Documents: Early Republic
He explained that virtuous Americans would make the new nation a model for the world: “[T]he foundation of our national policy will be laid in the pure and immutable principles of private morality, and the preeminence of free government be exemplified by all the attributes which can win the affections of its citizens and command the respect of the world.”
Finally, he closed by putting the responsibility for the survival of the nation squarely in the hands of citizens. “[T]he preservation of the sacred fire of liberty, and the destiny of the republican model of government, are justly considered as deeply, perhaps as finally staked, on the experiment entrusted to the hands of the American people.”
In 1803 in the landmark case Marbury v. Madison the Supreme Court established its power of judicial review when it declared unconstitutional Section 13 of the Judiciary Act which appeared to grant the Supreme Court original jurisdiction to hear certain cases outside of what the U.S. Constitution authorizes.
In this Address, Washington announced that he would not seek a third term as President and outlined what he hoped would be “guiding principles” for the new nation. He urged citizens to cherish the Constitution as the best means of preserving their liberty and reminded them that the document contains within itself the means for amendment. He asserted that religion and morality were the basis for justice and necessary for good government.
Finally, he discussed what he considered the two major threats to the young nation: one domestic and one foreign. First, he warned his fellow citizens about what he called “the baneful effects of the spirit of party.” Political parties, he argued, were a threat to the nation because they allowed “a small but artful and enterprising minority” to “put in the place of the delegated will of the nation, the will of a party.” Second, judged from the amount of the Address devoted to it, Washington felt the greatest threat to the nation was the dangerous influence of foreign powers. In foreign affairs, he called for the young nation “to steer clear of permanent alliances” with foreign powers.
Thomas Jefferson, James Madison, and others argued that the Sedition Act was a clear violation of the U. S. Constitution’s First Amendment and its protection of freedom of speech and press, but the law was never challenged in the courts as to its constitutionality. However, historians believe that Federalist adoption of the law was a factor in their overwhelming defeat in the elections of 1800. In one of his first official acts as the nation’s third President, Thomas Jefferson pardoned all those who had been convicted of violating the Sedition Act.
James Madison authored the Virginia Resolution which said that by enacting the Sedition Act, Congress was exercising “a power not delegated by the constitution, but on the contrary, expressly and positively forbidden by one of the amendments thereto; a power, which more than any other, ought to produce universal alarm, because it is levelled against that right of freely examining public characters and measures, and of free communication among the people thereon, which has ever been justly deemed, the only effectual guardian of every other right.”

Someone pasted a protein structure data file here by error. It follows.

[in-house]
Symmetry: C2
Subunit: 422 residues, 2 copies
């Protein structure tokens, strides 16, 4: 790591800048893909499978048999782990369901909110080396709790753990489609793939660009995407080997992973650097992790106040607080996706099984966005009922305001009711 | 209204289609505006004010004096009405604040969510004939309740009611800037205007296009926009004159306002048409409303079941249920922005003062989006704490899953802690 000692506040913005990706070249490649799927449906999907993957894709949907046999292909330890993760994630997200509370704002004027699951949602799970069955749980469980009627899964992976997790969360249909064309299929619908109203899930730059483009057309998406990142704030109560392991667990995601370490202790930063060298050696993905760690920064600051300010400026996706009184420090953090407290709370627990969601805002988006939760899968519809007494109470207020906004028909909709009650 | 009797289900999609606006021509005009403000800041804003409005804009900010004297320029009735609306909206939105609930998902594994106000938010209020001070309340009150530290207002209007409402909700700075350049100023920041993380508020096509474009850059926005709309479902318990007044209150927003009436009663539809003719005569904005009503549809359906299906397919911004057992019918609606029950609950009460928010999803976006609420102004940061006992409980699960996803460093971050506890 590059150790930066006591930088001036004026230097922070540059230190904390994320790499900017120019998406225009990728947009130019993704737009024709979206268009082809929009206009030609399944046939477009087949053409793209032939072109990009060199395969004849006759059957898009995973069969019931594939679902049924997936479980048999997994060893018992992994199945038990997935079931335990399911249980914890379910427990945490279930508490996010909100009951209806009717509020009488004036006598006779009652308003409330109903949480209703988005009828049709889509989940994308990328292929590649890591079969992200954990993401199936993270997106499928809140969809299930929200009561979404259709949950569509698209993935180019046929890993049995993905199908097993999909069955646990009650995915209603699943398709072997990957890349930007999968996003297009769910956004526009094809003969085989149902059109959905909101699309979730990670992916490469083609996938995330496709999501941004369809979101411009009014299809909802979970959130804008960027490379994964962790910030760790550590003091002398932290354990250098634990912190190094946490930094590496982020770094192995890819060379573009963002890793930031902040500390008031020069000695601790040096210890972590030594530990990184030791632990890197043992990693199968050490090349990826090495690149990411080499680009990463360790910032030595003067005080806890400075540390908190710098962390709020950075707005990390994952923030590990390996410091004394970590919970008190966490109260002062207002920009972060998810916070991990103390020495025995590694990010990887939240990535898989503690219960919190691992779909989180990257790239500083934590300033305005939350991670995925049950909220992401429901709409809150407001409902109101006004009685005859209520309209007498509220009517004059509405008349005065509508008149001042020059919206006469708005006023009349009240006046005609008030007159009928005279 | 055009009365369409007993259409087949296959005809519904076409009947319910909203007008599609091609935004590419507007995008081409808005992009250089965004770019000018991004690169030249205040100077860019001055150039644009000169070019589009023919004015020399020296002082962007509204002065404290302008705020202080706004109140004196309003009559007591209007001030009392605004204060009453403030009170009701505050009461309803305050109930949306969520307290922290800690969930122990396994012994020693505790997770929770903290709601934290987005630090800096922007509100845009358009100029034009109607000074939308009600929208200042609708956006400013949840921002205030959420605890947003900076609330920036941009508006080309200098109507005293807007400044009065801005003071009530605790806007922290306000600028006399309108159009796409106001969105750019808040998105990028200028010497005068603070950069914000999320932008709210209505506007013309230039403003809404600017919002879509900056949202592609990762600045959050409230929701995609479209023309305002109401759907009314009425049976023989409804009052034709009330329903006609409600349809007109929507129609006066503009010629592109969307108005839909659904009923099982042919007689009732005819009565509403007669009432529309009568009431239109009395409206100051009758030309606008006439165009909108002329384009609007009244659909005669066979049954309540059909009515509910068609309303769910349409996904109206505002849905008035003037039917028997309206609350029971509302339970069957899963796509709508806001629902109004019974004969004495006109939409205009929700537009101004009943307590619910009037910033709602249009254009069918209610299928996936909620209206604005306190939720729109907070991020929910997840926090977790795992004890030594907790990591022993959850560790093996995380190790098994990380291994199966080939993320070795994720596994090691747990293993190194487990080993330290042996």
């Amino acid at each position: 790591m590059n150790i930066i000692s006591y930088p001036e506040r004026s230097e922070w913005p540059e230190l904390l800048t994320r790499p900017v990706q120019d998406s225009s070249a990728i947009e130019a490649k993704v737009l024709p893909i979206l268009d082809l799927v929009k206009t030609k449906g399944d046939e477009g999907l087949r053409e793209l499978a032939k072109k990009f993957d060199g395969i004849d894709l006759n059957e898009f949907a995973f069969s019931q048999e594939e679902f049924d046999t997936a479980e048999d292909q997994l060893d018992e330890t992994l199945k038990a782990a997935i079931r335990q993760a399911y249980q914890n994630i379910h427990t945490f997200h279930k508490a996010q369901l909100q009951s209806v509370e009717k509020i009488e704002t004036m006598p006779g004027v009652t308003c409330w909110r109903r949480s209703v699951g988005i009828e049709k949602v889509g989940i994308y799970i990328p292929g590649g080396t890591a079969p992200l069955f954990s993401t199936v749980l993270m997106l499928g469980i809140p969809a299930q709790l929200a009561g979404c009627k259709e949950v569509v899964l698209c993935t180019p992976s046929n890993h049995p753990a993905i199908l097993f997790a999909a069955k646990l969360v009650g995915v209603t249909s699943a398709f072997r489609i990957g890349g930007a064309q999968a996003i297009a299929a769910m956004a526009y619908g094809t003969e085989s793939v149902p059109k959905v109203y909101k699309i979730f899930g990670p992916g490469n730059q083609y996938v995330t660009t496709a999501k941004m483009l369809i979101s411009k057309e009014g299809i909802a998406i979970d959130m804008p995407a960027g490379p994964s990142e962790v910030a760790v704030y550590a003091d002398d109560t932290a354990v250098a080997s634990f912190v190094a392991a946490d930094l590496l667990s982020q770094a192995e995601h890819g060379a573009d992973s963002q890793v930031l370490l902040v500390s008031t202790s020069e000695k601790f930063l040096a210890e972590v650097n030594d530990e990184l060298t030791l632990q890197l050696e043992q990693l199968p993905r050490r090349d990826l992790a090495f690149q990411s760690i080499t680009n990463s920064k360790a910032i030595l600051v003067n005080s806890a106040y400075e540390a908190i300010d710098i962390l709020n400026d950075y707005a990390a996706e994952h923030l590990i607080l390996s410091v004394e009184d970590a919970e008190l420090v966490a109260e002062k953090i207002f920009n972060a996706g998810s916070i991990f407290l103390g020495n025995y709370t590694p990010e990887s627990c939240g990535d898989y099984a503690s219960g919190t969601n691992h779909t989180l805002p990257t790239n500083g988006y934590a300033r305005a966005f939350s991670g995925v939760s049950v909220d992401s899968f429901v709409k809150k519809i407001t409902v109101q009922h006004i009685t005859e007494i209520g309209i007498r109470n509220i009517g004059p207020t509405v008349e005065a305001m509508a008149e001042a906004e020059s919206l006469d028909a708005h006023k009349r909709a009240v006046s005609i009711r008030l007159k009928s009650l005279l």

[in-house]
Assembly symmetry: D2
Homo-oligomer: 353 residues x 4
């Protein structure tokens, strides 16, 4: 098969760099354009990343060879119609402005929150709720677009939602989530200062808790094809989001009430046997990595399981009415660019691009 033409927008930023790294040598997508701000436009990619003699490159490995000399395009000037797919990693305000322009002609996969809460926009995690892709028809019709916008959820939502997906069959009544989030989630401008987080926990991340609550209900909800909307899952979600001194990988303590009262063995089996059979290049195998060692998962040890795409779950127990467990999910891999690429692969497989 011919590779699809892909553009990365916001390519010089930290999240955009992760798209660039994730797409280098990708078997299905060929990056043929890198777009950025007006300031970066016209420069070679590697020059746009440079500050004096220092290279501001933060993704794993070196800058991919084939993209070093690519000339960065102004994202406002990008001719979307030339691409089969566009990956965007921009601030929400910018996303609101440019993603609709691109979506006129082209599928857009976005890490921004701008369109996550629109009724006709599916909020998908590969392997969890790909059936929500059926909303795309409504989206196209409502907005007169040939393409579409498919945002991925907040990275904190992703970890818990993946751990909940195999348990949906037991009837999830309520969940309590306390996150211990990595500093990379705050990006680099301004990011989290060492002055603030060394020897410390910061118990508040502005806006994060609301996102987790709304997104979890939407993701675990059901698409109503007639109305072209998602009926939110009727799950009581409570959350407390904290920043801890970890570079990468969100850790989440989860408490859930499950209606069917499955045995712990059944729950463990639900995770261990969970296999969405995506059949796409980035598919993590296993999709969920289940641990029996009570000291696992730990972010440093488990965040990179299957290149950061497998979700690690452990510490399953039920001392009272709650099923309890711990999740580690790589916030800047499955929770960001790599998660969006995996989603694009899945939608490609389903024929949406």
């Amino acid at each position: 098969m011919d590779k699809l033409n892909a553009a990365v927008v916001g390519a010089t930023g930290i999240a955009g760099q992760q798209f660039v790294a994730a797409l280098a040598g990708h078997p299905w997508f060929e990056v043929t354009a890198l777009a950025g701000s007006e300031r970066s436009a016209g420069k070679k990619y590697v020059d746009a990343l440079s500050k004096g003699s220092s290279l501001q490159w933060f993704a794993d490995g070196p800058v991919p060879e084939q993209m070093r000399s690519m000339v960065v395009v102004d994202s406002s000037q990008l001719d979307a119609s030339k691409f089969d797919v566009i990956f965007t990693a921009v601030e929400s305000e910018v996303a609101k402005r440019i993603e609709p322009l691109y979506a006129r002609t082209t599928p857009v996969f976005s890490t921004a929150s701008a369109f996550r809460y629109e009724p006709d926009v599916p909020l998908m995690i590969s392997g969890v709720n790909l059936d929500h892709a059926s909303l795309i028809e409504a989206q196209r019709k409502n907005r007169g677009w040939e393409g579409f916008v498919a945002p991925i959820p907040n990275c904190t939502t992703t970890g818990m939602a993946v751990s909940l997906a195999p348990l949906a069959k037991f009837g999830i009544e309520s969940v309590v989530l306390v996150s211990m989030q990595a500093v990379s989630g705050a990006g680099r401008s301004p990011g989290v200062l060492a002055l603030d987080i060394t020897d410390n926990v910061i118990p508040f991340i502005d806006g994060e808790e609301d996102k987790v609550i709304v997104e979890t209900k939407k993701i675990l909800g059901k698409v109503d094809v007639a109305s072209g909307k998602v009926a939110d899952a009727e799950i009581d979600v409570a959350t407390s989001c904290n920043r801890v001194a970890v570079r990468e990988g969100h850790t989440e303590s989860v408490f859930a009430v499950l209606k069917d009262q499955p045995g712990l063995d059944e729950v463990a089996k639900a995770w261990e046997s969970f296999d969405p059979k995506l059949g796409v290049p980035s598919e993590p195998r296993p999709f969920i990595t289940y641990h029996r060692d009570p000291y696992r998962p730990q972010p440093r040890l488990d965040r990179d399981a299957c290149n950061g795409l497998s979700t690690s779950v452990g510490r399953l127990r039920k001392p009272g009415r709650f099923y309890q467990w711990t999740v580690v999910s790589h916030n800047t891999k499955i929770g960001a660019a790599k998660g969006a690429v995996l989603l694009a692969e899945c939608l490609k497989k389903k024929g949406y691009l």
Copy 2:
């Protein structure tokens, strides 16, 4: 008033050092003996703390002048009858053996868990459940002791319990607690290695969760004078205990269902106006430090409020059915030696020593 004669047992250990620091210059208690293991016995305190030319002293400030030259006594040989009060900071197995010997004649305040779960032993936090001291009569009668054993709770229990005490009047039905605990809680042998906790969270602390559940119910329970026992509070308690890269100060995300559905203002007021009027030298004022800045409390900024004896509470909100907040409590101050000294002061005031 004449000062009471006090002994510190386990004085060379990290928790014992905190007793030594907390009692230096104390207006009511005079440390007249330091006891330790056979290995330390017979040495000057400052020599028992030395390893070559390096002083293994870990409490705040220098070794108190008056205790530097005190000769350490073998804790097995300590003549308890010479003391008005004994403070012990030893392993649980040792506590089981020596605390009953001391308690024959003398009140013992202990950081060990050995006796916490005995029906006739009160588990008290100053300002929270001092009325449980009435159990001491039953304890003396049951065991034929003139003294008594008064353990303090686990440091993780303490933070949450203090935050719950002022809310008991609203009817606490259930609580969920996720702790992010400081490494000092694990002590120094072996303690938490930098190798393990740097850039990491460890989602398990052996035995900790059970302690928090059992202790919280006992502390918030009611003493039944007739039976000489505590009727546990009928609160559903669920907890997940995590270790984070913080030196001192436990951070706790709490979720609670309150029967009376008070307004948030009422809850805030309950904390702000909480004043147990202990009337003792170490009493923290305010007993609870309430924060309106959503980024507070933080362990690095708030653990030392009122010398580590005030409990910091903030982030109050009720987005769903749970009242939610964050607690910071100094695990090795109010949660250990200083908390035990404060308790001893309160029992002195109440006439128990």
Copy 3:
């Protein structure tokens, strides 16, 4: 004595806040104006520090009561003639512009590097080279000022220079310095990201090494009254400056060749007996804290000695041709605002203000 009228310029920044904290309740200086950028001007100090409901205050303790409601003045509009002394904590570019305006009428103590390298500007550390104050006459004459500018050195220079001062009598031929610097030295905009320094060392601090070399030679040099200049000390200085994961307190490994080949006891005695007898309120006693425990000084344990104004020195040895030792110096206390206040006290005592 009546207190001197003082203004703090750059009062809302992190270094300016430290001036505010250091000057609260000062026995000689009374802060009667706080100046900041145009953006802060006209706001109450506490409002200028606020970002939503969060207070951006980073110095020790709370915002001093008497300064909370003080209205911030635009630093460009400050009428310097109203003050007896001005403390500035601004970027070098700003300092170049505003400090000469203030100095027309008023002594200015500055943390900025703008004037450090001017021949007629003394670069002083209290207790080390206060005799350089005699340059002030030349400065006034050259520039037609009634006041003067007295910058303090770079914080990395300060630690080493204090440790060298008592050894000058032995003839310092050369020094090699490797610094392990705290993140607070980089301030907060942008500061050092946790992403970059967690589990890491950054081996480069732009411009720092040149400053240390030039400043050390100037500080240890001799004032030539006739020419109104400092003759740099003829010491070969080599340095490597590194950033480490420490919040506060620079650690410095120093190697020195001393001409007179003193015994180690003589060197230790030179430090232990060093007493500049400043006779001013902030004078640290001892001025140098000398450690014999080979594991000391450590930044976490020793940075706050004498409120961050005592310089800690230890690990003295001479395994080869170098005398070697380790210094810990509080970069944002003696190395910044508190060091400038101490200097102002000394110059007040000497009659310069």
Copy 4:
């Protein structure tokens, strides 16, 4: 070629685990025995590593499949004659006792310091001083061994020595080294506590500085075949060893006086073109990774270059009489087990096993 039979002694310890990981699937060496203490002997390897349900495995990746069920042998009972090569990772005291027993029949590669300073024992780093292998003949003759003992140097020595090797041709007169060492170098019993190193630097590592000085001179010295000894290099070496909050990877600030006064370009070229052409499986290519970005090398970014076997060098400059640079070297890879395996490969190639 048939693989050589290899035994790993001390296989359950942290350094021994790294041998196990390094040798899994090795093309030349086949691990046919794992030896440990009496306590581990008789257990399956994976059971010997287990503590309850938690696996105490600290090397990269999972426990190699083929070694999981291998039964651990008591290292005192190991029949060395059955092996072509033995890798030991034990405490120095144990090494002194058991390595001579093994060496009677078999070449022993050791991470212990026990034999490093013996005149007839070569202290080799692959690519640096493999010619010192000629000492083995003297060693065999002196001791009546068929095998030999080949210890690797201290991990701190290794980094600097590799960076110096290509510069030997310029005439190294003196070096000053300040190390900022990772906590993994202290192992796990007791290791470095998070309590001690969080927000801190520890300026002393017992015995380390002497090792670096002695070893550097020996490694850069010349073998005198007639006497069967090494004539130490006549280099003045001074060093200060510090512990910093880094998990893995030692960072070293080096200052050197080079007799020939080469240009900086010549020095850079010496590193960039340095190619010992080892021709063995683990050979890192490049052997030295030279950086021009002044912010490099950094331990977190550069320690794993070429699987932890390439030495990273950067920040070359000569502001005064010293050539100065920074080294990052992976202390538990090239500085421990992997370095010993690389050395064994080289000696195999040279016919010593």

No other state acted in support of the Resolutions. However, in the 1830s, John C. Calhoun of South Carolina asserted that he was borrowing from the Virginia and Kentucky Resolutions when he argued for the states’ power to nullify national laws. During this 1830’s nullification controversy, Madison rejected the legitimacy of nullification and argued that it was not part of his Virginia Resolution of 1798.
Jefferson thus echoed the words of Rhode Island founder Roger Williams who in 1644 wrote about “a hedge or wall of separation between the garden of the church and the wilderness of the world.” Several U. S. Supreme Court Justices through history have borrowed from Jefferson’s “wall of separation” metaphor. For example, Justice Hugo Black in 1947 in Everson v Board of Education of Ewing Township wrote: “In the words of Thomas Jefferson, the clause against establishment of religion by law was intended to erect a wall of separation between church and state.”
The Purchase eventually raised issues about the expansion of slavery. The Missouri Compromise of 1820 partially addressed this issue, but questions remained as to the power of Congress to regulate slavery in the new territory.
Supreme Court Cases
In one of his numerous appearances before the Supreme Court, a young Daniel Webster successfully argued and won the case on behalf of Dartmouth College.
Marshall pointed out that while the power to charter banks does not appear in the list of Congress’ enumerated powers found in Article I, Section 8 of the Constitution, the creation of a bank was a means of executing its enumerated powers: “Although, among the enumerated powers of government, we do not find the word ‘bank,’…we find the great powers to lay and collect taxes; to borrow money; to regulate commerce…” Those enumerated powers, when combined with the power given Congress in Paragraph 18 of Section 8 “to make all laws necessary and proper for carrying into execution the foregoing powers,” authorized Congress’ action. This interpretation broadly expanded the power of Congress to enact laws over subjects not specifically mentioned in the Constitution.
Marshall asserted that the people, not the states, were the agents of the Constitution’s establishment. He invoked the supremacy clause of Article VI, Paragraph 2 of the Constitution in the Court’s ruling that Maryland could not tax the national bank. Marshall noted that “the power to tax involves the power to destroy.” By that he meant that a state could impose a tax so burdensome that the entity, in this case the national bank, would not be able to survive.